Fuck it, Dude. Let’s Go Bowling.

Everyone used to bowl. Blue collar Michigan in the 1970s was the most bowlingest time and place in the history of the world. More kids were on bowling leagues than baseball leagues. Everyone’s parents and grandparents bowled. Everyone knew how to keep score (10 x 12 = 300).

Whether it was Southland or Galaxy or Town and Country, everyone had their lanes and where you bowled said something about you. The rich kids from Grand Blanc bowled at Galaxy with their fancy computerized scoring machines. Tough kids from Flint bowled at Town and Country and scored with pencils on paper. The Flint Township kids like us bowled at Southland – 76 lanes! – scoring with grease pencils on the transparent sheets projected overhead. But no matter where you bowled, everyone had their Saturday morning leagues – ”the Alley Cats” when you were young, the “Junior Strikers” when you were older – their towels, their rosin bags, their wrist braces and, eventually, their own ball.

I started bowling on leagues when I was five. As I got older fewer and fewer kept it up. Girls or football or some other things would distract them eventually. But I didn’t stop until I graduated high school, even though there were girls and and football and other things for me too. I just made time because I liked it and I was pretty good at it so I always wanted to do it. Once I moved to West Virginia it was even better because down there nowhere near as many people bowled and it was way easier to be a big fish in that small pond. Not gonna lie: my 170s-ish average and I were a pretty big deal around Emerson Lanes in Parkersburg and, later, Leisure Lanes and Acculanes in Beckley.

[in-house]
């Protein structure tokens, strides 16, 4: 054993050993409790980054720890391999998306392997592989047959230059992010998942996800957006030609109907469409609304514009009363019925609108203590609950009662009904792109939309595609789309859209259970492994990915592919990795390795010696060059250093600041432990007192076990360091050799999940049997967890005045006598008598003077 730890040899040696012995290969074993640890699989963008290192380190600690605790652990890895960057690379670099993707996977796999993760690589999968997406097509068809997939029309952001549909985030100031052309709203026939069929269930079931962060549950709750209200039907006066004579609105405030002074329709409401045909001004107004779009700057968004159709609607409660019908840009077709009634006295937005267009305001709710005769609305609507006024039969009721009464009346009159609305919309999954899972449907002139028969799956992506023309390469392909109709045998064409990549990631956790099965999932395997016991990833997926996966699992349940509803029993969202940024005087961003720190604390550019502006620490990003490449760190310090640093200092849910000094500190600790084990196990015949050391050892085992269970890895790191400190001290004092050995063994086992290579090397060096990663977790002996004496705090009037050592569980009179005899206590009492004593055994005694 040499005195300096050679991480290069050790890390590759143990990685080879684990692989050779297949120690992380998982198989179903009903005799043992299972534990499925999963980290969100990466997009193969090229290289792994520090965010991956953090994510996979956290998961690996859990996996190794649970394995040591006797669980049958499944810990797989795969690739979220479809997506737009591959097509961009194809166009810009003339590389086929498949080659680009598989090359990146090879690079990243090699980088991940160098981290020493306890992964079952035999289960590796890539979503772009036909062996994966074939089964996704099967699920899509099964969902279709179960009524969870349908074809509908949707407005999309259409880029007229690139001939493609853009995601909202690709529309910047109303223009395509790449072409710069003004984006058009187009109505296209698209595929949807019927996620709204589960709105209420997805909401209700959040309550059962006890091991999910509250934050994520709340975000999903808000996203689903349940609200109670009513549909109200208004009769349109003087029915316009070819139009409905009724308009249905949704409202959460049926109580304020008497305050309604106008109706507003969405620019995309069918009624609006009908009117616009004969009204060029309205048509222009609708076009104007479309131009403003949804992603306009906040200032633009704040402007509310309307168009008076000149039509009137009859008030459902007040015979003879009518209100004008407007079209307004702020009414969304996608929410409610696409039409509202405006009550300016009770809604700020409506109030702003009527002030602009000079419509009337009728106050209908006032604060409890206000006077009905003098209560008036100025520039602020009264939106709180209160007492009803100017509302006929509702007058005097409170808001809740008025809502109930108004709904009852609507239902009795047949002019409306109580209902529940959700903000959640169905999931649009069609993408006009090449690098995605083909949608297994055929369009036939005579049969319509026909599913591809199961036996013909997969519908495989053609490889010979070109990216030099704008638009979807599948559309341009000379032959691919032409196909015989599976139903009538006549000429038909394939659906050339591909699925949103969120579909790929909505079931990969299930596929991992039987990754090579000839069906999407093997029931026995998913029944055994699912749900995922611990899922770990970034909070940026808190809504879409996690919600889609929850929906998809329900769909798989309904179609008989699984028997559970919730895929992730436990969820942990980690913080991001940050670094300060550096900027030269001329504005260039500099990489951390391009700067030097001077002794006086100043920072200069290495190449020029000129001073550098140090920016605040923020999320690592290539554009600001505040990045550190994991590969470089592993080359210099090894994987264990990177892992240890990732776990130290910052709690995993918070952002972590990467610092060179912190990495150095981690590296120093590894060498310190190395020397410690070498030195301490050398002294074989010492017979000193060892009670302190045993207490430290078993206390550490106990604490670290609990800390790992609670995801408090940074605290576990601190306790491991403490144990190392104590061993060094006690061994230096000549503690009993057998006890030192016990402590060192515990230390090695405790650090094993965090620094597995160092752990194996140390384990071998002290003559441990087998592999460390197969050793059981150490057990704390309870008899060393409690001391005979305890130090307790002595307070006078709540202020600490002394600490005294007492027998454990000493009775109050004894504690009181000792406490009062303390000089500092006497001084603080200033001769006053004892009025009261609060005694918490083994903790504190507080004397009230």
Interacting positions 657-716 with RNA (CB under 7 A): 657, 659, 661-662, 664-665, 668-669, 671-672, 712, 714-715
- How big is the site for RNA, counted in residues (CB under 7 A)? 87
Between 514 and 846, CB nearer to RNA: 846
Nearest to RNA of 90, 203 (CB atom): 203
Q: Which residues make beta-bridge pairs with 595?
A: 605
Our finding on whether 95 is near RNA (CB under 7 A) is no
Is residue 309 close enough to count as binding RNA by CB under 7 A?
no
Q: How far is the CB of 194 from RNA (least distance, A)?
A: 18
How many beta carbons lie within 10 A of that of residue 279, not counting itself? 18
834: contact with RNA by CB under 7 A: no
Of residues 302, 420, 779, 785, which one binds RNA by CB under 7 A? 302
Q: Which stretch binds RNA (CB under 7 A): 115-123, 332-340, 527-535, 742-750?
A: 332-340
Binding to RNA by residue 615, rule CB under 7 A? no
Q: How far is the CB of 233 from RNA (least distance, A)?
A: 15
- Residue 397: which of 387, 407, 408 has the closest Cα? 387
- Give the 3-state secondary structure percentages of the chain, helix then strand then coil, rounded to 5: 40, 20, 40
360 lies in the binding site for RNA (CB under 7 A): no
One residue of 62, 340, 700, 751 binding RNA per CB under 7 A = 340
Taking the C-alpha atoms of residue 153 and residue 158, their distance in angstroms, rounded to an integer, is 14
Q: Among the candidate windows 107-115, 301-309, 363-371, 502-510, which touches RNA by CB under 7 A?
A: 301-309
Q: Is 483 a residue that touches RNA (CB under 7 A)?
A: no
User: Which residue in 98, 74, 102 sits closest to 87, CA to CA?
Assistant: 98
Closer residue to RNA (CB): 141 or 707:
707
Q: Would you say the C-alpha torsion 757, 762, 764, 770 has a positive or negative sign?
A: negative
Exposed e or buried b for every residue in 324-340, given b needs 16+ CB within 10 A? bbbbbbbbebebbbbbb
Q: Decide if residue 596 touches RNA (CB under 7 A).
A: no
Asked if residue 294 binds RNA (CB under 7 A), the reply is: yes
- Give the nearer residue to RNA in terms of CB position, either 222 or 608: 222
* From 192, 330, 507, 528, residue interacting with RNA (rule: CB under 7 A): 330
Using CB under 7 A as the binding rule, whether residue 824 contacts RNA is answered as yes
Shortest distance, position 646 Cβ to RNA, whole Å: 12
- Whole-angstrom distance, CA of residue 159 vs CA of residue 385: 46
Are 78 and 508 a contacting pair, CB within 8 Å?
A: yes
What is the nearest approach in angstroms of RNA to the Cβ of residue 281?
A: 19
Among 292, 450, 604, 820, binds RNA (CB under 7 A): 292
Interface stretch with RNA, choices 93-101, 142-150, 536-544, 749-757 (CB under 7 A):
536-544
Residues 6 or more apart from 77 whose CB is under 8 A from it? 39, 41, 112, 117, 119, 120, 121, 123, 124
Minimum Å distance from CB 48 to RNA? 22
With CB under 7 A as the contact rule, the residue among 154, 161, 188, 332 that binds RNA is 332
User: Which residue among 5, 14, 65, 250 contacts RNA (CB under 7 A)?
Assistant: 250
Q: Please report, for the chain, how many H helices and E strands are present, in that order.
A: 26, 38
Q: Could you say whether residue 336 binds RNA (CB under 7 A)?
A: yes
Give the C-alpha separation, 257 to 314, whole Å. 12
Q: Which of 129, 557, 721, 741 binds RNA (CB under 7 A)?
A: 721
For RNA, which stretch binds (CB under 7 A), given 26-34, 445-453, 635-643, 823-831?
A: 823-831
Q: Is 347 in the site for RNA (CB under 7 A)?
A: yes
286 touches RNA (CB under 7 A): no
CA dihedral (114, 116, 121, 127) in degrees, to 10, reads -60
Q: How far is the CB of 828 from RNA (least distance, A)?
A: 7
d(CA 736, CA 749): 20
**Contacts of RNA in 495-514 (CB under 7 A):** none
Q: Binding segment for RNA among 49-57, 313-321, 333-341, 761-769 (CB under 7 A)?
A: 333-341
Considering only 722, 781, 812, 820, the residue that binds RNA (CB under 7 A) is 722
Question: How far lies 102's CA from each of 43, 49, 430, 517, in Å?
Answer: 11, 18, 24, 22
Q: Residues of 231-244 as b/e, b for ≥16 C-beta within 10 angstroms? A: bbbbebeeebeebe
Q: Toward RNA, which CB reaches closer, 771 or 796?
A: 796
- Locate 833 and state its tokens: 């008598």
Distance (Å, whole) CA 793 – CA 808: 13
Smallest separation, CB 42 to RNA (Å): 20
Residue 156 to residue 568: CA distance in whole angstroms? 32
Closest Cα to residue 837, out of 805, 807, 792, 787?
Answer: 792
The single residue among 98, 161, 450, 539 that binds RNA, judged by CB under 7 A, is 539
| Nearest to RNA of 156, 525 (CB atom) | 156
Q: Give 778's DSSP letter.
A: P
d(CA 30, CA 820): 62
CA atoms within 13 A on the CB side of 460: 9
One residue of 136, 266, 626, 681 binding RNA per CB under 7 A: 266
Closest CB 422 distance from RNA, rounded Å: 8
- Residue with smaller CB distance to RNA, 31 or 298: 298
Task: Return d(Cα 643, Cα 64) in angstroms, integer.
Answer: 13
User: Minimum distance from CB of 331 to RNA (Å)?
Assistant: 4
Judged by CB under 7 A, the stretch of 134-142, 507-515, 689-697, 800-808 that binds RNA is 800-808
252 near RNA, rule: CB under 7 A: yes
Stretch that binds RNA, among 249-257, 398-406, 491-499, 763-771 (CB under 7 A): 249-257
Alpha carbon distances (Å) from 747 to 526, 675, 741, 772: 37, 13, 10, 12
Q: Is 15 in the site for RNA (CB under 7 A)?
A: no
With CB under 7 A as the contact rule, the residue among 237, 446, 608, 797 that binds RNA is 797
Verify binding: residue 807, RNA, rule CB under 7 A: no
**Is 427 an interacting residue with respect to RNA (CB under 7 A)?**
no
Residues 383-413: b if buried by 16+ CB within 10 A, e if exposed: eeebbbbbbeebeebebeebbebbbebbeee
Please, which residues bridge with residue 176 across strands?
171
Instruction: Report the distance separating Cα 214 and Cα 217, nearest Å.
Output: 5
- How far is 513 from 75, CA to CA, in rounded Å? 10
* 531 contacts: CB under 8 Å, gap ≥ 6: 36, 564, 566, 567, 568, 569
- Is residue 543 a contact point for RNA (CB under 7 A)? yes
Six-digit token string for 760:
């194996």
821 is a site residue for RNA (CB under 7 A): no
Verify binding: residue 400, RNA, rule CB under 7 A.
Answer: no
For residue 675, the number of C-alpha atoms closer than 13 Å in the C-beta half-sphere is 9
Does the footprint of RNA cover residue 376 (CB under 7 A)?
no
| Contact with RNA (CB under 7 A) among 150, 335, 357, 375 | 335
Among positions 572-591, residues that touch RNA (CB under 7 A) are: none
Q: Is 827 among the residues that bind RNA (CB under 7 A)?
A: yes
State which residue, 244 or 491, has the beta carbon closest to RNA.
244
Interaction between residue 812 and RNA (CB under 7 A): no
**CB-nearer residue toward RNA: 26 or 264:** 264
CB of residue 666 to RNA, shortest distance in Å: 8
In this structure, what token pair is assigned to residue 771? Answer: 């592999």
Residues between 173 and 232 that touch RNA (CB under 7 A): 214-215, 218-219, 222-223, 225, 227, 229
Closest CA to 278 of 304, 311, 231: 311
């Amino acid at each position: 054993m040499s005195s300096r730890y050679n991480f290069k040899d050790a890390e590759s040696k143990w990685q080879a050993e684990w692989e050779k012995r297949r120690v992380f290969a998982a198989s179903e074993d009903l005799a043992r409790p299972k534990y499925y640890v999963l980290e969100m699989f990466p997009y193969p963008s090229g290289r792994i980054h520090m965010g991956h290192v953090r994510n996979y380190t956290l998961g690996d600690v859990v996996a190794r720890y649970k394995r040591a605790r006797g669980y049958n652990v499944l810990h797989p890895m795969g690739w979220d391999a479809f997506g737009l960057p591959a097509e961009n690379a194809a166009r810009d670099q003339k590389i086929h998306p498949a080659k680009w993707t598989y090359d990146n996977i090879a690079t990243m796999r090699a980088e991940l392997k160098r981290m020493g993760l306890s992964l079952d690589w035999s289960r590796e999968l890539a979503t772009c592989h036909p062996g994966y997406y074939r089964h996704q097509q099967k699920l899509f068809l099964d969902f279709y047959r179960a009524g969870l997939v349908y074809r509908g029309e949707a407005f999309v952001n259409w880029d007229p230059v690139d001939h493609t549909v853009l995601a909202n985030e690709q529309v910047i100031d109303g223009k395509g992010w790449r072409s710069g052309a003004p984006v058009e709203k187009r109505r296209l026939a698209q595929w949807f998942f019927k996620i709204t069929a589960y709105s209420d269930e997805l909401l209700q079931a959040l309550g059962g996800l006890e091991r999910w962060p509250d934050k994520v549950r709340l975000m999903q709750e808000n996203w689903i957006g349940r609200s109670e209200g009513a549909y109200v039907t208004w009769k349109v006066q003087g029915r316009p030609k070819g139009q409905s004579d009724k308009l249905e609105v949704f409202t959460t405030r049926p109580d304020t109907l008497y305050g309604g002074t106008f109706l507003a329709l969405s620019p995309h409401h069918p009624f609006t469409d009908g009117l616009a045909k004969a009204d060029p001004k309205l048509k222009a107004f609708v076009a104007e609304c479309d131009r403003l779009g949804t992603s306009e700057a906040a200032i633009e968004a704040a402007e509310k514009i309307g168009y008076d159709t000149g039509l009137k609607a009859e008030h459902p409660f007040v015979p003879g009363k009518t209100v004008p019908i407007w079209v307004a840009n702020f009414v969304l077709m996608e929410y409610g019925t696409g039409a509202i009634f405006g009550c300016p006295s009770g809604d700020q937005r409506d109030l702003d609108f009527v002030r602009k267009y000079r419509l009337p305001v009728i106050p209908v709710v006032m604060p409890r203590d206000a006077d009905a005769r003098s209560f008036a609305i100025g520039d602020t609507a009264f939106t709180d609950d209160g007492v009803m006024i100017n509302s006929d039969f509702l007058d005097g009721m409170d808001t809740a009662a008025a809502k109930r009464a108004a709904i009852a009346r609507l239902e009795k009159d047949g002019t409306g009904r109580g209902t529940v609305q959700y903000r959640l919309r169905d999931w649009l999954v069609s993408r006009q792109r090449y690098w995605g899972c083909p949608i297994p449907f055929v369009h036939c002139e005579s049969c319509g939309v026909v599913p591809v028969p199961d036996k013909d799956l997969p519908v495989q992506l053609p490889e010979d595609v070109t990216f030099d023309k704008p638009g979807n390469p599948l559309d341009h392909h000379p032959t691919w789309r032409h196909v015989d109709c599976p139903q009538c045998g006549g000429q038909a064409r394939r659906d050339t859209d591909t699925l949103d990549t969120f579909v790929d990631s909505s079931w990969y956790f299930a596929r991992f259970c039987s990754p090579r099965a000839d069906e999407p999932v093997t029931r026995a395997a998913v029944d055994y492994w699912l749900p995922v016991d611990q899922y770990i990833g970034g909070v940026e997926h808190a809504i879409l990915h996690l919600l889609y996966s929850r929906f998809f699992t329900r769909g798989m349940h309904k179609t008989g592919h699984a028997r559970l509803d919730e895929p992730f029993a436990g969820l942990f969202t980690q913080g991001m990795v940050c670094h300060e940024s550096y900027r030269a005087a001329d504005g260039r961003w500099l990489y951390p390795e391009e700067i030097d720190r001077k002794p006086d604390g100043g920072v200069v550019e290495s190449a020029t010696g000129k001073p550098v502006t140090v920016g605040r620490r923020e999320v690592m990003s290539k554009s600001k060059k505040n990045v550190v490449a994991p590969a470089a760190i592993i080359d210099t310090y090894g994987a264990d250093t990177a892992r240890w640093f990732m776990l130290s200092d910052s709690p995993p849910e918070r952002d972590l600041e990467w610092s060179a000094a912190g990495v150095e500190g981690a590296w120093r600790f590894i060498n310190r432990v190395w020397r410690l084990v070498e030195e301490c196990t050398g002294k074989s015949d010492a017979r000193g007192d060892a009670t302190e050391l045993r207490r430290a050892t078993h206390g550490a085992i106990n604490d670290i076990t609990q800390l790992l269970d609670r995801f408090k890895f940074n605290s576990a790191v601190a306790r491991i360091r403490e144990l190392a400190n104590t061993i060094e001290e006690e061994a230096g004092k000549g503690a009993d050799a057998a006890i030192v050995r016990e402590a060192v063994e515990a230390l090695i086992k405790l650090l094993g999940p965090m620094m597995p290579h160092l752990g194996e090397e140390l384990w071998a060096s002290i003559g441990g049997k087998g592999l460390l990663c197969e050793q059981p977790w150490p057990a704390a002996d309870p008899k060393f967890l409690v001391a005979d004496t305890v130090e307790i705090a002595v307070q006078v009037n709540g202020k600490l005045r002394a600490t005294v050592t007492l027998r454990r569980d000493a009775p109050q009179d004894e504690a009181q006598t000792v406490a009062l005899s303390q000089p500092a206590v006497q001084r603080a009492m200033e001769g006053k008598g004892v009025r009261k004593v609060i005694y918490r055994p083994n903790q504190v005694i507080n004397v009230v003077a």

But beyond just liking it, there was a psychological and emotional element to bowling that I valued and, at times, even needed. I didn’t realize it then, but I see it now. When I started bowling I wasn’t that good. Certainly not as good as my brother and his friends were, all of whom were older and more naturally athletic than me. When I was five or six I’d bowl badly and I cry and whine and sometimes it would get so bad that my mom, who would be keeping score, would take me aside and tell me that if I was going to get so upset about it that I shouldn’t be bowling in the first place.

Even if I was upset I liked bowling so I eventually figured out that no matter how much the game frustrated me it wasn’t worth losing my shit over it because to do so would defeat the purpose. I figured out pretty quickly how to keep the setbacks in perspective or at least suppress my anger and sadness at them. I figured out that being derailed by unproductive emotion was nothing I wanted any part of because it’d keep me from doing what I wanted to do and accomplishing what I wanted to accomplish. 

And so I bowled. I bowled quite happily, in fact, until I graduated from high school and found better and more important things to do.